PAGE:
Jury Nullification in the Drug War

The lead writers for HBO’s show The Wire wrote a great piece in TIME this week railing against the War on Drugs. Their suggested approach: jury nullification. They say,

“If asked to serve on a jury deliberating a violation of state or federal drug laws, we will vote to acquit, regardless of the evidence presented. Save for a prosecution in which acts of violence or intended violence are alleged, we will — to borrow Justice Harry Blackmun’s manifesto against the death penalty — no longer tinker with the machinery of the drug war. No longer can we collaborate with a government that uses nonviolent drug offenses to fill prisons with its poorest, most damaged and most desperate citizens.

Jury nullification is American dissent, as old and as heralded as the 1735 trial of John Peter Zenger, who was acquitted of seditious libel against the royal governor of New York, and absent a government capable of repairing injustices, it is legitimate protest.”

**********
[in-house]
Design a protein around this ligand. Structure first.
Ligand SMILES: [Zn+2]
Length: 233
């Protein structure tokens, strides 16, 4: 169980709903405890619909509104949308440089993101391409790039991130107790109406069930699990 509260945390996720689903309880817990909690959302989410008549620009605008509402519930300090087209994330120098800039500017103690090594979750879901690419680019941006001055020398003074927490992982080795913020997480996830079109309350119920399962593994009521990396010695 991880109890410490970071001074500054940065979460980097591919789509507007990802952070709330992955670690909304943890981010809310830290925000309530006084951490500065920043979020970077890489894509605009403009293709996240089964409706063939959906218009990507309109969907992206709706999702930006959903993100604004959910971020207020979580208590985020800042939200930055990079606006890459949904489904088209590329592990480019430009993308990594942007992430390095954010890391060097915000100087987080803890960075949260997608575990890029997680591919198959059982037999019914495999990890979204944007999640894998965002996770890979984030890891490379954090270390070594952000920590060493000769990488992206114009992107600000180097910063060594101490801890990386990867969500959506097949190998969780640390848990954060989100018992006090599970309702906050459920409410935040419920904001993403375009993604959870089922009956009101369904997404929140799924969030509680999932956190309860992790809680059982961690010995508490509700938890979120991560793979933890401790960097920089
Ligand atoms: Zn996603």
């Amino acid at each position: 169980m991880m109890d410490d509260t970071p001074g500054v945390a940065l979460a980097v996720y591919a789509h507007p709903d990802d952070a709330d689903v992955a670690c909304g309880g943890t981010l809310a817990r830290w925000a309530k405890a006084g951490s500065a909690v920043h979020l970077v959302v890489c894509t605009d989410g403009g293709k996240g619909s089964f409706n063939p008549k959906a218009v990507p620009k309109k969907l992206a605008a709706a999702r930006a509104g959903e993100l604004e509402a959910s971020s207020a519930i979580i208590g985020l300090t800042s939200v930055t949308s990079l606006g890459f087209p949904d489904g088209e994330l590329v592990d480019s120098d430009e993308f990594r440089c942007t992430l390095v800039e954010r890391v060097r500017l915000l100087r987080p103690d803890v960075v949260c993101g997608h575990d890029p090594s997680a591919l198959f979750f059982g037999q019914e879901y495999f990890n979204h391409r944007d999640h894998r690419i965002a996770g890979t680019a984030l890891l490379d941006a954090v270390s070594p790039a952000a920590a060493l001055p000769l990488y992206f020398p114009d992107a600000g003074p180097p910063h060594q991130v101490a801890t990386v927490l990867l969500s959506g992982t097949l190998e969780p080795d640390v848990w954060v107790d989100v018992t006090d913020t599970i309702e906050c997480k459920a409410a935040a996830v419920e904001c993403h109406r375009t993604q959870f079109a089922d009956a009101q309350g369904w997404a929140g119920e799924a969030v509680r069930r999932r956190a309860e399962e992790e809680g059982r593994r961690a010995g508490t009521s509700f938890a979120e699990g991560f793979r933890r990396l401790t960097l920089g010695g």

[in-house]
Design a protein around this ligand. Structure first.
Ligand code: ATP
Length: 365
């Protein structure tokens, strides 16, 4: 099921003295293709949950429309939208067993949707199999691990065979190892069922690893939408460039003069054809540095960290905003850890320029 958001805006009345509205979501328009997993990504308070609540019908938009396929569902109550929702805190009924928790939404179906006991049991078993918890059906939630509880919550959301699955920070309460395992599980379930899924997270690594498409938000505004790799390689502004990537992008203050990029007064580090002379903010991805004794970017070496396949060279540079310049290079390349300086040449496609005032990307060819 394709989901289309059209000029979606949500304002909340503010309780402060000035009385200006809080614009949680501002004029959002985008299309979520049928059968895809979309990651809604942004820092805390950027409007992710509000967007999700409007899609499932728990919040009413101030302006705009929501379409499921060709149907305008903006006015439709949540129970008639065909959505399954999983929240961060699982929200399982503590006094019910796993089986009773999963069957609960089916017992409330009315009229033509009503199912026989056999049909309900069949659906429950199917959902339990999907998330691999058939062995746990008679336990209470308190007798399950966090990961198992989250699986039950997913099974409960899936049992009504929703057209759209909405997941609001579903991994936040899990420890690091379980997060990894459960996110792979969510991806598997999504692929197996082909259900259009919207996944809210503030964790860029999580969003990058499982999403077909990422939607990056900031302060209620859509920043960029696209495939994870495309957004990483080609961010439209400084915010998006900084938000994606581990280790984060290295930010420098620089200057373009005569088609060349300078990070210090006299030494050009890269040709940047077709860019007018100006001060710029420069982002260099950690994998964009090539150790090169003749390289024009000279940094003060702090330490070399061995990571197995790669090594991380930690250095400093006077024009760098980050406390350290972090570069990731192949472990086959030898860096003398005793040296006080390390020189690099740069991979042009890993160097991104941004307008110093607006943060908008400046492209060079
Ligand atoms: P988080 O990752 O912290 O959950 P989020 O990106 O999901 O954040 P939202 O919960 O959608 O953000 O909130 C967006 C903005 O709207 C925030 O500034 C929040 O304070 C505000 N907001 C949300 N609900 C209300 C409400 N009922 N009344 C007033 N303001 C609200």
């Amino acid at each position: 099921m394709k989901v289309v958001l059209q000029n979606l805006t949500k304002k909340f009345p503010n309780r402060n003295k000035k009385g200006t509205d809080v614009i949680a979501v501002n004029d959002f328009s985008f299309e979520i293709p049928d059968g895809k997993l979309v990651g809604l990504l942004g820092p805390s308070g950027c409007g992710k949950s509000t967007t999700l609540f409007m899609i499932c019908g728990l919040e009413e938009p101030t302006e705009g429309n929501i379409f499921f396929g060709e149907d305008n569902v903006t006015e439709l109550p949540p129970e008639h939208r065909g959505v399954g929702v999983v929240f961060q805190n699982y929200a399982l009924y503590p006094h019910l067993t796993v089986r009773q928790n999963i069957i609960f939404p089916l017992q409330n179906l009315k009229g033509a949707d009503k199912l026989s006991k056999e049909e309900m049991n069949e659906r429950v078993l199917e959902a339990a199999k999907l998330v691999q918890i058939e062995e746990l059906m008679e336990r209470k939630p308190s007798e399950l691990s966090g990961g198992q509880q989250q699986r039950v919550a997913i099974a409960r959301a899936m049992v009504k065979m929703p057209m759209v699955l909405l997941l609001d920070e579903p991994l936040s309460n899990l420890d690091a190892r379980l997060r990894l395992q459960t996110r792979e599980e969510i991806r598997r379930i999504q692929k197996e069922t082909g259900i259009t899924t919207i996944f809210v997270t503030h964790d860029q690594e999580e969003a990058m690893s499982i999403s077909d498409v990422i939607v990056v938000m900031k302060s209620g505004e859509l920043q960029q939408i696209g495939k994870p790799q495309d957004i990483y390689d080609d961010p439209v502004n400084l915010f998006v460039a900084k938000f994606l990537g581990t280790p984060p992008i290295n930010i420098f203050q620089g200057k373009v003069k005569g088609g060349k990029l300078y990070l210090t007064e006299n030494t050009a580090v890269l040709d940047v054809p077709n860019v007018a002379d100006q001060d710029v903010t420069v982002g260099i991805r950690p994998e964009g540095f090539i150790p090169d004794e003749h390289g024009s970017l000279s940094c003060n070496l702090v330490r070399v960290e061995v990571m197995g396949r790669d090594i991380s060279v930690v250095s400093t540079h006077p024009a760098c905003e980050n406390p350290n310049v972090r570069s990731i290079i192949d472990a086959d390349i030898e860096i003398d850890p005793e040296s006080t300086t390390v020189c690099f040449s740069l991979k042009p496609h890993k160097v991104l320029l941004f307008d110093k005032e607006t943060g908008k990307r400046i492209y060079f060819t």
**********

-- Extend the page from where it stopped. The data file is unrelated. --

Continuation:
I share their outrage, as most of you know. But, this is not an approach I’ve given much consideration. The primary reason is that it seems most of us with a strong opinion against current drug laws are likely to be excluded from serving on such juries.

Nonetheless, I’m in favor of anything that helps move us beyond these draconian policies. I salute these guys for taking a stand, out loud. More should.

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